StarkNet
L1 -> L2

L1 to L2 Communication

StarkNet contracts can receive messages from L1.

Functions annotated with the @l1_handler can be called from the "StarkNet Core Contract" deployed by the StarkWare team on L1 by invoking the sendMessageToL2 function.

A StarkNet contract can have multiple functions annotated with @l1_handler. A selector which is a number that uniquely identifies the function name will be used to distinguish between different @l1_handlers.

The arguments received by the function annotated with @l1_handler are the L1 contract address that sent the message followed by the message elements in the order they were sent.

When calling sendMessageToL2 on the StarkNet Core Contract on L1, one needs to supply the L2 contract address, the function selector and the payload encoded as an array.

Example

At first, we need to create our StarkNet contract which has a function annotated with @l1_handler:

%lang starknet

from starkware.cairo.common.cairo_builtins import HashBuiltin

@storage_var
func sum() -> (result : felt):
end

@view
func get_sum{syscall_ptr : felt*, pedersen_ptr : HashBuiltin*, range_check_ptr}() -> (
    result : felt
):
    let (result) = sum.read()
    return (result)
end

# This is the function that can be called from L1.
@l1_handler
func add{syscall_ptr : felt*, pedersen_ptr : HashBuiltin*, range_check_ptr}(
    from_address : felt, a : felt, b : felt
):
    # Note: It might be useful to check for whitelisted L1 contracts here.

    # We just compute the sum and store it to a storage variable
    #   so that we can inspect it later on.
    sum.write(a + b)

    return ()
end

We can use the following Python script to get the selector number for our @l1_handler function:

from starkware.starknet.compiler.compile import get_selector_from_name
 
 
def main():
    FUNCTION_NAME = "add"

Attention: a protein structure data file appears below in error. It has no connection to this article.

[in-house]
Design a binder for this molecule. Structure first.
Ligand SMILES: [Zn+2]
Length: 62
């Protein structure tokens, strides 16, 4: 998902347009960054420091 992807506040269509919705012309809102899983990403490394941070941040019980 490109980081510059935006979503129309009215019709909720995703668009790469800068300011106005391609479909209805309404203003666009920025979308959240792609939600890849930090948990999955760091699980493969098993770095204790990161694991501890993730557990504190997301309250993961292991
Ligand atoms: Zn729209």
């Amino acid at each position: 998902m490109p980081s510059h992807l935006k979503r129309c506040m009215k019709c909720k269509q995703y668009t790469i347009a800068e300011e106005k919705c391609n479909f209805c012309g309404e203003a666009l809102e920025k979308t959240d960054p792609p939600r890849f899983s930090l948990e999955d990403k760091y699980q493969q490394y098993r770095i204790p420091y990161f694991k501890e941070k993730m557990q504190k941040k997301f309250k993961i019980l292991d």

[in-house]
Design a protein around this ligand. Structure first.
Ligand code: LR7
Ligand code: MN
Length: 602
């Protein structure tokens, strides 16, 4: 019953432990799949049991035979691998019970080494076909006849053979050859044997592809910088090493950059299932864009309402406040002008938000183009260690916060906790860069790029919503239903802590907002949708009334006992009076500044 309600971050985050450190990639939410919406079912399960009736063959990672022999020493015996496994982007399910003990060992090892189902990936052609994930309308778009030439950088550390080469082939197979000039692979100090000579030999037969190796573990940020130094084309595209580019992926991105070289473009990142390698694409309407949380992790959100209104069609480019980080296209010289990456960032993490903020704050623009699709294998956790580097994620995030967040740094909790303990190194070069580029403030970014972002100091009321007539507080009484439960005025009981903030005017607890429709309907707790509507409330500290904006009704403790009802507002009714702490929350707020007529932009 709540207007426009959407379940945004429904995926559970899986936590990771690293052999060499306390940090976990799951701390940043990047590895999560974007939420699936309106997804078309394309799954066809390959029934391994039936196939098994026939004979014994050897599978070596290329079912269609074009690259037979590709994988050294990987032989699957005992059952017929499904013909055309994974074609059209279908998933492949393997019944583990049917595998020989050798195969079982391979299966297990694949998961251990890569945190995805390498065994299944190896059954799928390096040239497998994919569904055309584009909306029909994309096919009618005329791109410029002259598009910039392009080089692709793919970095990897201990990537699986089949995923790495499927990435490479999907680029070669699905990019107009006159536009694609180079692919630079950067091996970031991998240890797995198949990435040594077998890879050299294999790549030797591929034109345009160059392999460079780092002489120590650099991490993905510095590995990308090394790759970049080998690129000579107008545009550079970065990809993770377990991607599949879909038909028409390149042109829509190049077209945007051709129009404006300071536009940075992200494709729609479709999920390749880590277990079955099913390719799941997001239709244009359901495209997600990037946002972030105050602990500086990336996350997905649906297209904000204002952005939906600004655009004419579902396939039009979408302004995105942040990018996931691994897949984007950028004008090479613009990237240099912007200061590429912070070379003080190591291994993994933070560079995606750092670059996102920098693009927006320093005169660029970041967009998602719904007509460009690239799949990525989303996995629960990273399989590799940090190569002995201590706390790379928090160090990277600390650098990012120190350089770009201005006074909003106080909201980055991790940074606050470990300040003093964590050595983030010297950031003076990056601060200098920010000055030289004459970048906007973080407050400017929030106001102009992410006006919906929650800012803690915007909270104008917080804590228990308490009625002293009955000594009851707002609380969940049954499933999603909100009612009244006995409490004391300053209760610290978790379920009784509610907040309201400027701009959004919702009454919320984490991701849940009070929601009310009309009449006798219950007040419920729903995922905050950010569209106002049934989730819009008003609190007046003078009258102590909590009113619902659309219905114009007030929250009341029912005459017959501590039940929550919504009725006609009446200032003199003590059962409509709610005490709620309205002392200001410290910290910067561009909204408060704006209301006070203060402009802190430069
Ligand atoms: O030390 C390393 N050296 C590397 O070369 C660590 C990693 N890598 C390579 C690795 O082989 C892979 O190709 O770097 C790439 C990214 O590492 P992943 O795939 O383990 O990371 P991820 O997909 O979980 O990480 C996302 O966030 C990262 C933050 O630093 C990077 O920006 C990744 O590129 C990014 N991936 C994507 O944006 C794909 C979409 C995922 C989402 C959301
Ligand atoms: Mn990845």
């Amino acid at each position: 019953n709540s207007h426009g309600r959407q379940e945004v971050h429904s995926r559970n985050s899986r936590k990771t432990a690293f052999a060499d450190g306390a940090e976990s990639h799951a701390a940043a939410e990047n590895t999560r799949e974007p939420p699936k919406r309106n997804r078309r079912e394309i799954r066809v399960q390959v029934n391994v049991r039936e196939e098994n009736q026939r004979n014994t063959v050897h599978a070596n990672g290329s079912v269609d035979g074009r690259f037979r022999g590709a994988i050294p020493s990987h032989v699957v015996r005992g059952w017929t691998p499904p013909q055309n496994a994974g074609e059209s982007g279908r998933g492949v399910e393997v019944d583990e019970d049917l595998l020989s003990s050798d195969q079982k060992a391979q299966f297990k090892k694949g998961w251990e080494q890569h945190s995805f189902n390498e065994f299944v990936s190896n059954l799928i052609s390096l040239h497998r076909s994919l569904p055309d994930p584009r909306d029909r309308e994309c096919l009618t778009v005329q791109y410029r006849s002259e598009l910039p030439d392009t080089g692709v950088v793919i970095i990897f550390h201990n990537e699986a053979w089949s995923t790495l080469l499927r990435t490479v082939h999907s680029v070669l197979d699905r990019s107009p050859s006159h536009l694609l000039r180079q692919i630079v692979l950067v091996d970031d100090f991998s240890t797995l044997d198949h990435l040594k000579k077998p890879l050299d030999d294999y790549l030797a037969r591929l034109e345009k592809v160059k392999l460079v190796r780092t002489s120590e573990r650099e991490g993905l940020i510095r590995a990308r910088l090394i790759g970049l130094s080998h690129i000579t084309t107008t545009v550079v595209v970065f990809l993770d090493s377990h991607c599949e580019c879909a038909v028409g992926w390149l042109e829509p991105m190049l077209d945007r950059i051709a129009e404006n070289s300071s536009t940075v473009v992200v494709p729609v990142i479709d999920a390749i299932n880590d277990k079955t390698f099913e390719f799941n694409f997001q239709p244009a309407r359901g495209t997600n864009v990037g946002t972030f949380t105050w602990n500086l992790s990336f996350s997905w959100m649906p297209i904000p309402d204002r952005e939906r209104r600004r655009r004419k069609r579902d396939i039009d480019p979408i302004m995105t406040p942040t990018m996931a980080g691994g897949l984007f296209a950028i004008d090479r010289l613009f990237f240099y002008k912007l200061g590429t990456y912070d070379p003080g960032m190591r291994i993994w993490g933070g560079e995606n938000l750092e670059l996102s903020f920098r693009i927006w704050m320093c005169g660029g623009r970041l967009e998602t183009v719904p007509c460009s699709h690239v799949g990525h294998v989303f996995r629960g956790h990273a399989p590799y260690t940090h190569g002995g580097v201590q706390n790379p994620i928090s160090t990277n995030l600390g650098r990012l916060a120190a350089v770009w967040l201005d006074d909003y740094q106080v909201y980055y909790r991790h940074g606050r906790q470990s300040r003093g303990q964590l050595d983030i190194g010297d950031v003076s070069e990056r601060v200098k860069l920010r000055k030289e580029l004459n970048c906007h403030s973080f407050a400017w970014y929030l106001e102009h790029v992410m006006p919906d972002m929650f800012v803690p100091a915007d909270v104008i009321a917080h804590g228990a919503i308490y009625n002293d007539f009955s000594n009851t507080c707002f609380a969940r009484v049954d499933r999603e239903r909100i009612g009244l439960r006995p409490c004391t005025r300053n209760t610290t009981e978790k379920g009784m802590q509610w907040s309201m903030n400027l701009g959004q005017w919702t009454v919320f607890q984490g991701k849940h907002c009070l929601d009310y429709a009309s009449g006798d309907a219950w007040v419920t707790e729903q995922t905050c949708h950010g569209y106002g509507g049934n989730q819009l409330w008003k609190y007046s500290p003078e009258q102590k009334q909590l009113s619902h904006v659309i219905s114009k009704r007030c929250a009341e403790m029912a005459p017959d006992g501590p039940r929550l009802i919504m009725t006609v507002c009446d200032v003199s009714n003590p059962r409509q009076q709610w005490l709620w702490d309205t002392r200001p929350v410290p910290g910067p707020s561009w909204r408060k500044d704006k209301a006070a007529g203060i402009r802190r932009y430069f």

selector = get_selector_from_name(FUNCTION_NAME)
    print(selector)
 
 
if __name__ == "__main__":
    main()

Running the script produces the following output:

1516919092654529690972514611118255134945769636354332808776333403020481942377

Next up we can write a Solidity Smart Contract that we'll deploy on L1. This contract uses the StarkNet Core Contract to send our message via sendMessageToL2 from L1 to L2:

// SPDX-License-Identifier: GPL-3.0
pragma solidity ^0.8.0;
 
// Interface definition so that we can use the StarkNet Core Contract.
interface IStarknetCore {
    function sendMessageToL2(
        uint256 toAddress,
        uint256 selector,
        uint256[] calldata payload
    ) external returns (bytes32);
}
 
contract L1ToL2 {
    IStarknetCore starknetCore;
 
    // This is the selector number we've computed above via our Python script.
    uint256 constant ADD_SELECTOR =
        1516919092654529690972514611118255134945769636354332808776333403020481942377;
 
    // Set the StarkNet Core Contract upon deployment.
    constructor(IStarknetCore starknetCore_) {
        starknetCore = starknetCore_;
    }
 
    // The function that will be invoked to send a message to L2.
    // Note: The `l2ContractAddress` is passed-in as an argument.
    function sendMessage(
        uint256 l2ContractAddress,
        uint256 a,
        uint256 b
    ) external {
        // Our payload will be two numbers: `a` and `b`.
        uint256 payloadSize = 2;
 
        // Create the payload as an in-memory array of length 2
        //  and add the two numbers to the array slots.
        uint256[] memory payload = new uint256[](payloadSize);
        payload[0] = a;
        payload[1] = b;
 
        // Use the `sendMessageToL2` functionality provided by the
        //  StarkNet Core Contract to send our payload to our `add` function on L2.
        starknetCore.sendMessageToL2(l2ContractAddress, ADD_SELECTOR, payload);
    }
}

Addresses

StarkNet Core Contract - Mainnet Alpha

0xc662c410C0ECf747543f5bA90660f6ABeBD9C8c4

StarkNet Core Contract - Goerli Alpha

0xde29d060D45901Fb19ED6C6e959EB22d8626708e